Jeremy Lin is the Asian-American point guard whose sudden rise in the NBA made him the toast of New York in 2012. Before that moment, said The New York Times
, Lin had been "an unheralded prospect, a hometown sensation, a scrutinized ethnic symbol and a basketball curiosity, at once intriguing and underestimated and ultimately discarded." Jeremy Lin grew up in California, the son of parents from Taiwan, and played at Palo Alto High School. No college offered him an athletic scholarship, so Lin went to Harvard, where he played basketball for four years and graduated in 2010. Undrafted by the NBA, he was signed as a free agent by the Golden State Warriors in July of 2010 and played sparingly that season, often being sent down to play for the Reno Bighorns of the NBA's developmental league (known as the "D-League"). In December of 2011 he was waived by Golden State, picked up by the Houston Rockets, and then waived by Houston, too. The New York Knicks claimed him, and he was buried deep on their bench until injuries to starters put him in the lineup. Lin responded by leading the Knicks to wins in his first seven games, scoring 171 points and dishing out 64 assists in that run, including 38 points scored in a win against superstar Kobe Bryant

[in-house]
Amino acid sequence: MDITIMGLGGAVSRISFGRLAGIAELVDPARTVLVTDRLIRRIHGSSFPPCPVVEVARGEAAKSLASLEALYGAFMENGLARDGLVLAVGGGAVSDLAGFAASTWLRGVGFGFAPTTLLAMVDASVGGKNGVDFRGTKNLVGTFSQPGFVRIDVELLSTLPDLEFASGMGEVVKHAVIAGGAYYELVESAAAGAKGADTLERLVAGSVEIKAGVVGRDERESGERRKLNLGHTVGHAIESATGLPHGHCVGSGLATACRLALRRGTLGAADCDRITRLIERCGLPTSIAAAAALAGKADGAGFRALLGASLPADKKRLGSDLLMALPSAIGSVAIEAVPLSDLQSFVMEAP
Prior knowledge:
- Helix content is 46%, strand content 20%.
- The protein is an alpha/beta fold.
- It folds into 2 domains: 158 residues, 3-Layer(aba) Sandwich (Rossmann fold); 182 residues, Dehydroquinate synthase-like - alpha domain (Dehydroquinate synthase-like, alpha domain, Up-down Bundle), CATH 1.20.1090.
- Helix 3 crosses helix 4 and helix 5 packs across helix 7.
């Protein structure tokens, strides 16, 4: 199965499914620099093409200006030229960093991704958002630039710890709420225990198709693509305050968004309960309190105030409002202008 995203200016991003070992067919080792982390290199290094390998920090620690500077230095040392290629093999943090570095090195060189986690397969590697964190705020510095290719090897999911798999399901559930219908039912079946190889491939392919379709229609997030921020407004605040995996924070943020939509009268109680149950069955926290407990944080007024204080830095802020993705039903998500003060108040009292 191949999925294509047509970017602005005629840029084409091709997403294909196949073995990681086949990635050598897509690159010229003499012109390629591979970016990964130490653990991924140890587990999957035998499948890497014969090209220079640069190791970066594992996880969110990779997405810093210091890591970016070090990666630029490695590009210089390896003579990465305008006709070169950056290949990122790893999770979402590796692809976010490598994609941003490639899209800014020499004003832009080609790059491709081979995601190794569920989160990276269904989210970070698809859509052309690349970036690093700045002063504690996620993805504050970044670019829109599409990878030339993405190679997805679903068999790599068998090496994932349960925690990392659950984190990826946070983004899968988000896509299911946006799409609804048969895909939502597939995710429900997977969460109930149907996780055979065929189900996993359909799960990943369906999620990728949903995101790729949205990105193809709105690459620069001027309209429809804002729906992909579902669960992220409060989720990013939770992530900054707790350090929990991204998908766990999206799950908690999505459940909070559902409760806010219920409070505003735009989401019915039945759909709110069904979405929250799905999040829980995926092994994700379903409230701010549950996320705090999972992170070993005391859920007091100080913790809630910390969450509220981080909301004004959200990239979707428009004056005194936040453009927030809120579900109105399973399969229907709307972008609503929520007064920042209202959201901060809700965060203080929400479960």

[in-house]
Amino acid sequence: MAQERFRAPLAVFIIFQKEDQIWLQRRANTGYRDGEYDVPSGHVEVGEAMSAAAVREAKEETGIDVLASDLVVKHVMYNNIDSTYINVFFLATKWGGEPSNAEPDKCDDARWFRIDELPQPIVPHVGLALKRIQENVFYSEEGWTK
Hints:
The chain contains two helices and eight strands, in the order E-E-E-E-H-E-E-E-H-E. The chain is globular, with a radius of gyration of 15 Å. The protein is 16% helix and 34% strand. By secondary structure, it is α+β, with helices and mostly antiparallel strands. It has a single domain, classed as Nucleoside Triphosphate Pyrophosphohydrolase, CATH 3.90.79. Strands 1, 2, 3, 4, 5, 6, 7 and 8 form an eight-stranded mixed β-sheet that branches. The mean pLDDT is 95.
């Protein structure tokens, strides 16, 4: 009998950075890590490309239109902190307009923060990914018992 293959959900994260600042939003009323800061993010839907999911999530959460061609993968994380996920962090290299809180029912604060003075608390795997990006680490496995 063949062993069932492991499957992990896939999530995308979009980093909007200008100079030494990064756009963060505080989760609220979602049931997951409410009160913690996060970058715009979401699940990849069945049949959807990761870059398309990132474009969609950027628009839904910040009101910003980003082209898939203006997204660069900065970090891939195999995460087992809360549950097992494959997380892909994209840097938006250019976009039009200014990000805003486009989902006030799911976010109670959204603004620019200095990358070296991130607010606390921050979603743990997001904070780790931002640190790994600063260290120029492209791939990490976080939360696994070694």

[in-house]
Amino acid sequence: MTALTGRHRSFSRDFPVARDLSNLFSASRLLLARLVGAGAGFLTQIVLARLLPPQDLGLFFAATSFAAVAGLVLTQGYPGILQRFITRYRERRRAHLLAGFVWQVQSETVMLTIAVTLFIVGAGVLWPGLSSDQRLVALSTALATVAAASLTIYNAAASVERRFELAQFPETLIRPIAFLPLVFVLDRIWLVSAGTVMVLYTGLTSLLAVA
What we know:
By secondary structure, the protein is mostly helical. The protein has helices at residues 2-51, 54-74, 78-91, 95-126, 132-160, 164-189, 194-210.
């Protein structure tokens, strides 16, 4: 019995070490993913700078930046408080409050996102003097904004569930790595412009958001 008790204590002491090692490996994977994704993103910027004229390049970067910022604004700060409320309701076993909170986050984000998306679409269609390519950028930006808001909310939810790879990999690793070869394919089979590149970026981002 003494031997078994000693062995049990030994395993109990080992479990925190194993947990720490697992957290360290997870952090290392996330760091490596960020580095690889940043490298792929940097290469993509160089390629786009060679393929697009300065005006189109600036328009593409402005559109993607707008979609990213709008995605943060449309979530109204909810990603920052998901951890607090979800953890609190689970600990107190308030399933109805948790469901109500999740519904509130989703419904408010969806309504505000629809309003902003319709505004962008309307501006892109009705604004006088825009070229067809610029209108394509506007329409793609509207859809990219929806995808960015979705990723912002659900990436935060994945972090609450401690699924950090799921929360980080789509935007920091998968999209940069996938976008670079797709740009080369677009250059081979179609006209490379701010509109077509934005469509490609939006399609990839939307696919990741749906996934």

and the Los Angeles Lakers. His sudden popularity led to a new term among the press and fans: "Linsanity." Lin missed the end of the 2011-12 season with a knee injury; before the 2012-13 season, he signed a $25.1 million contract to play for the Houston Rockets. The Rockets traded him to the Los Angeles Lakers in July of 2014, with Lin and draft picks going to the Lakers in return for rights to European player Sergei Lishchuk. Lin played with the Toronto Raptors in 2018-19, and as such was a backup guard for the team that won the NBA Championship that year.